Interpreting in Nazi concentration camps / edited by Michaela Wolf ; with an essay by Primo Levi
- Literatures, cultures, translation
Literatures, cultures, translation.
- New York : Bloomsbury Academic, an imprint of Bloomsbury Publishing Inc, 2016
Includes bibliographical references and indexes
"This significant new study is concerned with the role of interpreting in Nazi concentration camps, where prisoners were of 30 to 40 different nationalities. With German as the only official language in the lager, communication was vital to the prisoners' survival. While in the last few decades there has been extensive research on the language used by the camp inmates, investigation into the mediating role of interpreters between SS guards and prisoners on the one hand, and among inmates on the other, has been almost nonexistent. On the basis of Primo Levi's considerations on communication in the Nazi concentrationary system, this book investigates the ambivalent role of interpreting in the camps. One of the central questions is what the role of interpreting was in the wider context of shaping life in concentration camps. And in what way did the knowledge of languages, and accordingly, certain communication skills, contribute to the survival of concentration camp inmates and of the interpreting person? The main sources under investigation are both archive materials and survivors' memoirs and testimonials in various languages. On a different level, Translation in Nazi Concentration Camps also asks in what way the study of communication in concentration camps enhances our understanding of the ambiguous role of interpreting in more general terms. And in what way does the study of interpreting in concentration camps shape an interpreting concept which can help us to better understand the violent nature of interpreting in contexts other than the Holocaust? "-- Provided by publisher.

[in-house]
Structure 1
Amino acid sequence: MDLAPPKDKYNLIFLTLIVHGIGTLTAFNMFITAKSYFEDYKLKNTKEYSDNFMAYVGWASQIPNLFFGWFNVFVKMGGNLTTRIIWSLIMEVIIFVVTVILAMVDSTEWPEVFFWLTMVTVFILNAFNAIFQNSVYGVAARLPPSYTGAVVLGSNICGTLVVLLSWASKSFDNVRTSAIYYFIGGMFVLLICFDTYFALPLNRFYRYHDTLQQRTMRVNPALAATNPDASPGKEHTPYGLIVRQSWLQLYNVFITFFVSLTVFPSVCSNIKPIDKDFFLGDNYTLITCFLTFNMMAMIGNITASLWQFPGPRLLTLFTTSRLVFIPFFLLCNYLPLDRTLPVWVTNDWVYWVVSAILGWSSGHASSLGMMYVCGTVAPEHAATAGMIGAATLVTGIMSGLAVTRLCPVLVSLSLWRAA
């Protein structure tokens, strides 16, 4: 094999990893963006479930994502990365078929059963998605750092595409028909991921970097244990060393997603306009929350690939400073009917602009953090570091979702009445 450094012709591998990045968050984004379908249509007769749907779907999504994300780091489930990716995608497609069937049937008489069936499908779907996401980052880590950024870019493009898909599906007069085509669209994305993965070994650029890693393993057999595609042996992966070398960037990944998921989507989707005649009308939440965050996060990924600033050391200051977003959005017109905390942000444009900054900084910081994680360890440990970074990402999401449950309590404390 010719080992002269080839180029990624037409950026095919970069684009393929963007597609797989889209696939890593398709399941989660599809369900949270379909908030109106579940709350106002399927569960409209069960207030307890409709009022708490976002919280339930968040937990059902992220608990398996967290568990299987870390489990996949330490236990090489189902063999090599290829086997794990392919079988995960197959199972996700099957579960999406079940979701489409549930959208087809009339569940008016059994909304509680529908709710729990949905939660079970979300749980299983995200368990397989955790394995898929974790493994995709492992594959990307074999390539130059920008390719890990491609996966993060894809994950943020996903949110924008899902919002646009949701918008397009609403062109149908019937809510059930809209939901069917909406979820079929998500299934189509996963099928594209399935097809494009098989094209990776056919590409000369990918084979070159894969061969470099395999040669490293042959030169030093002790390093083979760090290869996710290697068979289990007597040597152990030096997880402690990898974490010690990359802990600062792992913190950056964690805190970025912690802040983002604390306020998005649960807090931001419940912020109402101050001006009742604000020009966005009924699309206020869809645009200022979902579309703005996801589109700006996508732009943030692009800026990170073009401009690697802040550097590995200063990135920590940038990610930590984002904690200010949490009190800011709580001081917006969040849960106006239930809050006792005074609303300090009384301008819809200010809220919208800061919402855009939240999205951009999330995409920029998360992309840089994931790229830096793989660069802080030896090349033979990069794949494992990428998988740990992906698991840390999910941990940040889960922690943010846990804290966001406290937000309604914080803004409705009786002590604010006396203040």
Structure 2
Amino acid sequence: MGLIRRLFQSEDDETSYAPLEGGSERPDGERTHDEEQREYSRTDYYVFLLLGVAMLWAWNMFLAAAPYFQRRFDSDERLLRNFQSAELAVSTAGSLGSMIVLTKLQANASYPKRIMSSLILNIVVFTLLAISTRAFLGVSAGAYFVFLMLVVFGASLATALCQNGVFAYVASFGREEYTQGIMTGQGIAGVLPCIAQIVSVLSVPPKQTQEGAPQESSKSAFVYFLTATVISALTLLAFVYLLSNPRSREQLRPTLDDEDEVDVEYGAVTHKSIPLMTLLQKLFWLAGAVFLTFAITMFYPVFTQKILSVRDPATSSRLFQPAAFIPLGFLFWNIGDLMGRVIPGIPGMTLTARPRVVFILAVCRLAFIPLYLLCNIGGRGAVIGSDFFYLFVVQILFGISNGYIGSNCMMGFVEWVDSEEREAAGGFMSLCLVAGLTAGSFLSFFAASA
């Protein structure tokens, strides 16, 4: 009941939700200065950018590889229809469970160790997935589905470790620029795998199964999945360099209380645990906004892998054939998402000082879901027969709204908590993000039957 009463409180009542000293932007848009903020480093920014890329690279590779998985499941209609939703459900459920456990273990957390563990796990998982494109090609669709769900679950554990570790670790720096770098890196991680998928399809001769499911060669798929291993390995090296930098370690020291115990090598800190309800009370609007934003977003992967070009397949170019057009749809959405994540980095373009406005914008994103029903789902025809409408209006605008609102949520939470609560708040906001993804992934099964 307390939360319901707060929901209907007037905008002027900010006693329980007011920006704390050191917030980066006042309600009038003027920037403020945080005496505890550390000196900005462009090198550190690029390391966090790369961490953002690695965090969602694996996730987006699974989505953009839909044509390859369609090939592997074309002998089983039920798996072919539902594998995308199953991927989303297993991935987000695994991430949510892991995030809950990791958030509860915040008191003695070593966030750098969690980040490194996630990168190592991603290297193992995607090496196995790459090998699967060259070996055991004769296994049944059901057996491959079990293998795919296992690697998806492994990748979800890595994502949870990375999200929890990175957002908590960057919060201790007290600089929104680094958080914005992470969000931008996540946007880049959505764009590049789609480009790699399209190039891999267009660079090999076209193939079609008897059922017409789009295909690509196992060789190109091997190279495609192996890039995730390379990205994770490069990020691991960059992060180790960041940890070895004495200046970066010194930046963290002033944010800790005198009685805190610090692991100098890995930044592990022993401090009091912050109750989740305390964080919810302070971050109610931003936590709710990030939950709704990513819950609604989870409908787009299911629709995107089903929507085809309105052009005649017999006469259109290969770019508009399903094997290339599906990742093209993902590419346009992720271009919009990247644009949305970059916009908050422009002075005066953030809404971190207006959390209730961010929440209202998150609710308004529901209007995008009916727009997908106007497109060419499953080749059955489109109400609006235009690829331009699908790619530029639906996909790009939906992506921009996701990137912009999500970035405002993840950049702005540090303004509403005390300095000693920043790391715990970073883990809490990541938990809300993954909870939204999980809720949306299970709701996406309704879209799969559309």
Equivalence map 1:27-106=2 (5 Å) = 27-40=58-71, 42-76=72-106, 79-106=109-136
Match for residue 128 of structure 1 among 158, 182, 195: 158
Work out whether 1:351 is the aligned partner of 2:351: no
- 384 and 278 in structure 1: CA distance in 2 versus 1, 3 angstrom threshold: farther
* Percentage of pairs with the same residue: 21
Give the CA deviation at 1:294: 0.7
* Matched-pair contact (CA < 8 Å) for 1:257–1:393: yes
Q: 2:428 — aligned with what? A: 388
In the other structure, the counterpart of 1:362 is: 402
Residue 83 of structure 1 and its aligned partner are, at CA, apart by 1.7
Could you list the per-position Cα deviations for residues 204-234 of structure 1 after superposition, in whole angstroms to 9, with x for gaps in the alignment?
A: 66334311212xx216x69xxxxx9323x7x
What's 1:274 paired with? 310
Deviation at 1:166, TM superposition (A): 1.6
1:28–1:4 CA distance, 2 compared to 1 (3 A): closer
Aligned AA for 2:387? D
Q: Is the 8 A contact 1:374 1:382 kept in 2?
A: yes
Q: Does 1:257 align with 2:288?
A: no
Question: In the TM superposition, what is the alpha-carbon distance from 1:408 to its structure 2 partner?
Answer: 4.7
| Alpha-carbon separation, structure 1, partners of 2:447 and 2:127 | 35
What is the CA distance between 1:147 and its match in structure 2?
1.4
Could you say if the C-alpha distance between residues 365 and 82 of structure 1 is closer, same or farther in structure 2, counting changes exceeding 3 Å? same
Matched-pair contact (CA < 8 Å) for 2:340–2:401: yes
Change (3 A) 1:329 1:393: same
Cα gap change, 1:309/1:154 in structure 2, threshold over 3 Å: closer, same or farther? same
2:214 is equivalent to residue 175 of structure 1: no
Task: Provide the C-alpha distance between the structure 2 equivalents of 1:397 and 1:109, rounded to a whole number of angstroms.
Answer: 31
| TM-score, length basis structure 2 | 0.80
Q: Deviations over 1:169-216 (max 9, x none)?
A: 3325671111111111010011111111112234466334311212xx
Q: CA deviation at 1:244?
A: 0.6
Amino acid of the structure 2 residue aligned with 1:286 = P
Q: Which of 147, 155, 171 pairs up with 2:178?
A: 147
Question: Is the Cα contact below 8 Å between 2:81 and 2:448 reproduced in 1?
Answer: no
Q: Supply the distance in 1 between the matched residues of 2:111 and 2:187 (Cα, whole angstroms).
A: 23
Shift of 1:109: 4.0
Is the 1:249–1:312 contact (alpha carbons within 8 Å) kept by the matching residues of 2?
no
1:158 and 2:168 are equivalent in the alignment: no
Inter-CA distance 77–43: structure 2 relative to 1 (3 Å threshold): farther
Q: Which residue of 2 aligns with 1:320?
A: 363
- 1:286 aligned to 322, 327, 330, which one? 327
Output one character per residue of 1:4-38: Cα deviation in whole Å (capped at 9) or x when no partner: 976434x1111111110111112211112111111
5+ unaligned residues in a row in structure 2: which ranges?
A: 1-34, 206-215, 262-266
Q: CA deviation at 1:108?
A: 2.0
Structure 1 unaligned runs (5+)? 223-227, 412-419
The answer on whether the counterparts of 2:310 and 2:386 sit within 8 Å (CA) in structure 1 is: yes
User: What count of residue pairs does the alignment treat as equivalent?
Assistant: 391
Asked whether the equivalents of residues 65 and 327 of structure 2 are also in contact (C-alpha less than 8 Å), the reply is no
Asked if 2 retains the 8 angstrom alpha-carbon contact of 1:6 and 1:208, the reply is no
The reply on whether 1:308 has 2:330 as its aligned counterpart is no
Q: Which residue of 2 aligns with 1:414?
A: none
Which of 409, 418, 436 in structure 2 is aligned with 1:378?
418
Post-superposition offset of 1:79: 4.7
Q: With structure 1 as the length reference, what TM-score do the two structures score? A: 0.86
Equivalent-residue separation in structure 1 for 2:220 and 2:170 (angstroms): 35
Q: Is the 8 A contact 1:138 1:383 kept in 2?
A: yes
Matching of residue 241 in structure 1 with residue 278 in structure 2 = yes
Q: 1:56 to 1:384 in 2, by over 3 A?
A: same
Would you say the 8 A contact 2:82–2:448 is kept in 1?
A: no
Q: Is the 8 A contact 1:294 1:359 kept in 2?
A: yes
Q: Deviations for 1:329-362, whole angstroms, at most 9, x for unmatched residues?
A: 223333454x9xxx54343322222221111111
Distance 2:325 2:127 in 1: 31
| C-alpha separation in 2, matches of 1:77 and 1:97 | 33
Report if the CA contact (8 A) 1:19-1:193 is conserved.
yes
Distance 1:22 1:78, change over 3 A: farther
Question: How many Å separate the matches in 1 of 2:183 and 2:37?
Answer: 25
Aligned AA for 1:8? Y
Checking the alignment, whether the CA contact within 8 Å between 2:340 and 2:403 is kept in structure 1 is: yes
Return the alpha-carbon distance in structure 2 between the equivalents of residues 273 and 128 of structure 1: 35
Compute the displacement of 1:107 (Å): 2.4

"Innovative anthology that brings together leading figures in both translation studies and Holocaust studies to explore the role of interpreting in shaping life in Nazi concentration camps and the encompassing ethical questions that are raised about interpreting in general"-- Provided by publisher.
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